Ford Bond

David Ford Bond (October 23, 1904 – August 15, 1962)[1] was an American radio personality.

Ford Bond
David Ford Bond

(1904-10-23)October 23, 1904
DiedAugust 15, 1962(1962-08-15) (aged 57)
ShowKraft Music Hall
CountryUnited States

He was the announcer for several popular radio shows in the 1930s and 1940s, earning him a spot on the This Is Your Life television show.

For his work on radio, Bond has a star on the Hollywood Walk of Fame at 6706 Hollywood Blvd.[2]

Early years

Ford Bond was born in Louisville, Kentucky on October 23, 1904.[1]


Bond began working on radio at WHAS in Louisville, Kentucky, and joined NBC in 1928.[3]

For 20 years in the 1930s and 1940s, he was the announcer for several radio soap operas and other shows, including the advertising voice for a sponsor's product called Bab-O.[4][5] He was also a sports announcer for NBC radio in the 1930s, calling college football games as well as the 1934 Major League Baseball All-Star Game and 1934 World Series. He also served as radio consultant for Thomas E. Dewey during Dewey's 1948 campaign for president.[6]

For almost 30 years, Bond was the spokesman for Cities Service petroleum company, "the longest sponsor-announcer association in the history of radio."[7]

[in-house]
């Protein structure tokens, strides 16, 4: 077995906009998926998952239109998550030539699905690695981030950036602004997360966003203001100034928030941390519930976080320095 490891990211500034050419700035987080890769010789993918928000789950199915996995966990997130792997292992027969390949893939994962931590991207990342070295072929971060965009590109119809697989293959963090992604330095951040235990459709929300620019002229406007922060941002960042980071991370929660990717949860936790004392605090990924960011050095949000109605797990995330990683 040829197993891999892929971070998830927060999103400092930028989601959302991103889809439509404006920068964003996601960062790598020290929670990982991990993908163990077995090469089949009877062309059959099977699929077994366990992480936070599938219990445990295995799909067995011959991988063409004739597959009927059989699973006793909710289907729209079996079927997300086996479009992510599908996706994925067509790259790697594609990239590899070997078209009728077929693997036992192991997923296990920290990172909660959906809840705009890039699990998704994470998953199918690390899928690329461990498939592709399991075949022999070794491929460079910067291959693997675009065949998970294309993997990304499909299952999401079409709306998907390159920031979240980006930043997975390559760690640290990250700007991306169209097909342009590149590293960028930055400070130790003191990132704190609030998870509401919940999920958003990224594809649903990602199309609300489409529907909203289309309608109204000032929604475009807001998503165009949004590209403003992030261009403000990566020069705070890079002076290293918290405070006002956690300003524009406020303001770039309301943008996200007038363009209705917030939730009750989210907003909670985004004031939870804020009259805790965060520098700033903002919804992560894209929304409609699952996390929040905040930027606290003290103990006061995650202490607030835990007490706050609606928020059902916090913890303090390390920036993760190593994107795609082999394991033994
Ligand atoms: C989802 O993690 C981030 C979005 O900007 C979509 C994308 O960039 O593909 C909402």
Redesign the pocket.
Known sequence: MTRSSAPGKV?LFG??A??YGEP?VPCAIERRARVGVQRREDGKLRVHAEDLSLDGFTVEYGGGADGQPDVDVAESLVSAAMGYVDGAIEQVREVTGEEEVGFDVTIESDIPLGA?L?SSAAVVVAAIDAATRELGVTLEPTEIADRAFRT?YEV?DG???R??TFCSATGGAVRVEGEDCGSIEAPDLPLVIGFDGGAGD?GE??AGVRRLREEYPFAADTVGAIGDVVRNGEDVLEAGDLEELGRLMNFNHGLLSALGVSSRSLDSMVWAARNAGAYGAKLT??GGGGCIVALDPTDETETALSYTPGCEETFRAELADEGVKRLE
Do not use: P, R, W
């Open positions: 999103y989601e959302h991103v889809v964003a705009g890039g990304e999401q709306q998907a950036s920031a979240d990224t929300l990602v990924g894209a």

Later years

Bond retired from broadcasting in 1953 "to go into the building business in the Virgin Islands."[8]

Personal life

Bond was married to Lois Bennett, a singer.[7]


Bond died at St. Croix, Virgin Islands on August 15, 1962.[1]


This is a partial list of Bond's appearances on radio and television.




  1. Bond, Ford. "The Internet Movie Database". Retrieved 2007-12-29.
  2. Bond, Ford. "Hollywood Walk of Fame Directory". Archived from the original on 2007-12-22. Retrieved 2007-12-29.
  3. Thomas, W.J. (November 20, 1932). "Ford Bond Would Like to Become Football Announcer". New York, Brooklyn. The Brooklyn Daily Eagle. p. 66. Retrieved December 27, 2015 via
  4. Sponsor Promotions Popular With Radio Listeners Part II
  5. The Great Radio Soap Operas
  6. "Our Respects To -- David Ford Bond" (PDF). Broadcasting. September 27, 1948. Retrieved 10 January 2015.
  7. DeLong, Thomas A. (1996). Radio Stars: An Illustrated Biographical Dictionary of 953 Performers, 1920 through 1960. McFarland & Company, Inc. ISBN 978-0-7864-2834-2. Pp. 35-36.
  8. "Ford Bond, Radio Pioneer, Dies In Virgin Islands". The Evening Independent. August 16, 1962. p. 13-A. Retrieved 28 December 2015.
  9. "Radio Archives: Premier Collections: Christmas - On The Air!, Volume 2". Retrieved 2007-12-29.
  10. Goldin, J. David. "Fun At Breakfast". Retrieved 2007-12-29.
  11. Hummert, Frank and Anne (2003-05-21). Radio Factory: The Programs and Personalities. ISBN 9780786416318. Retrieved 2007-12-29.
  12. Haendiges, Jerry. "Vintage Radio Logs". Retrieved 2007-12-29.
  13. "Radio of Yesteryear - Easy Aces Volume One". Retrieved 2007-12-29.

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